In September 2006, Human Rights Watch released the report, "Suspicious Sweeps: The General Intelligence Department and Jordan's Rule of Law Problem," which included 16 case studies detailing the arbitrary arrest and abuse, including torture, of persons in GID custody. In 14 of the 16 cases, the individuals or their family members provided credible and consistent testimony that the GID had tortured or ill-treated them. Two detainees described how the GID subjected them to the "salt and vinegar walk," which consists of beating the soles of a detainee until they bleed and then forcing him to walk on a mixture of salt and vinegar, causing a burning sensation in his open wounds.

Jordanian officials routinely claim that allegations of torture are a ploy to gain acquittal or get charges dismissed. However, 13 of the 16 detainees had been released without trial and had nothing to gain from continuing to allege that the GID had abused them. To Human Rights Watch's knowledge, Jordan's prosecutor general has initiated no criminal investigations into alleged arbitrary arrest, violation of due process rights, or torture.

"Assurances of humane treatment cannot be considered credible when they come from a government that routinely flouts its international obligations not to engage in torture," said Hall. "Meaningful monitoring in those circumstances is just wishful thinking."

Diplomatic assurances are unenforceable, and there is no recourse for a person if the assurances are breached. The British Parliamentary Joint Committee on Human Rights, the UN Human Rights Commissioner, the European Union network of human rights experts, and the Council of Europe Human Rights Commissioner have all argued against their use as means of returning people at risk of torture.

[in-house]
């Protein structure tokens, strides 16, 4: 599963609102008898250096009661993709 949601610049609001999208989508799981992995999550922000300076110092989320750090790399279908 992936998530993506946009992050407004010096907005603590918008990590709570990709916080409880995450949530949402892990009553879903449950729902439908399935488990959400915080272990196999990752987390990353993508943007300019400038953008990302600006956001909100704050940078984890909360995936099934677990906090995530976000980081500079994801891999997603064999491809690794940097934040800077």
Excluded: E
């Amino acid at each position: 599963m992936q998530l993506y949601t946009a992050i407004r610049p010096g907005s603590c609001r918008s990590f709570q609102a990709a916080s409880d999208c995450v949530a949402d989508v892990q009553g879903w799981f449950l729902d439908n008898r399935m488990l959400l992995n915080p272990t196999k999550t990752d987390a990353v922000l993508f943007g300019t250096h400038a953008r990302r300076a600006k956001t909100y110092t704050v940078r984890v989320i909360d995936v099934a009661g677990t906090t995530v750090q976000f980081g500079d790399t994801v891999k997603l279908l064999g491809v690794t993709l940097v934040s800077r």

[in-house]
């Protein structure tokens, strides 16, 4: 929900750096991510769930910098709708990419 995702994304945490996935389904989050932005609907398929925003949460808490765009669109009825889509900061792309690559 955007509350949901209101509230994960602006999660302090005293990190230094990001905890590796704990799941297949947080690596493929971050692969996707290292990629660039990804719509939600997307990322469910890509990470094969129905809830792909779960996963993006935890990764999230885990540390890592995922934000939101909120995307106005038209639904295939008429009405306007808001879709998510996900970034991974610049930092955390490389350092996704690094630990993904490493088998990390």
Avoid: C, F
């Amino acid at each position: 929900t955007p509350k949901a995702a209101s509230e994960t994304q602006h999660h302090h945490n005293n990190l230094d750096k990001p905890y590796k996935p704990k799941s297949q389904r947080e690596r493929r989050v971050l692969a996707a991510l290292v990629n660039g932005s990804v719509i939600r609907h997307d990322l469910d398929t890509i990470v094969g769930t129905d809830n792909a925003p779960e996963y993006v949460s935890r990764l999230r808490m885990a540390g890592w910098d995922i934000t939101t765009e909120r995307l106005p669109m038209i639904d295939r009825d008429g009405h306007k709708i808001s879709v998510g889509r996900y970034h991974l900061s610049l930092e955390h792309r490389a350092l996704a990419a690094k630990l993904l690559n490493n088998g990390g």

The lack of any credible enforcement of the ban against torture in Jordan, and particularly for those in GID custody, makes it unlikely that any person detained there on terrorism-related charges would even be willing to report torture to Jordanian officials, much less to a small nongovernmental monitor. To do so would be to risk reprisals against the detainee or his or her family members. Even if a detainee made allegations of torture, Jordan's record of impunity for torture makes a credible and comprehensive investigation extremely unlikely.

The SIAC also accepted the British government's argument that trials before a military State Security Court could be fair, despite its lack of independence, the limited procedural guarantees afforded to defendants, and the historic use of evidence extracted under torture.

"The British government's policy of deporting suspects to countries like Jordan on the basis of flimsy diplomatic assurances not only undermines the global ban on torture, but it also damages Britain's standing among Muslims at home and abroad," said Hall. "In the long run, this threatens to make Britain less safe, not more."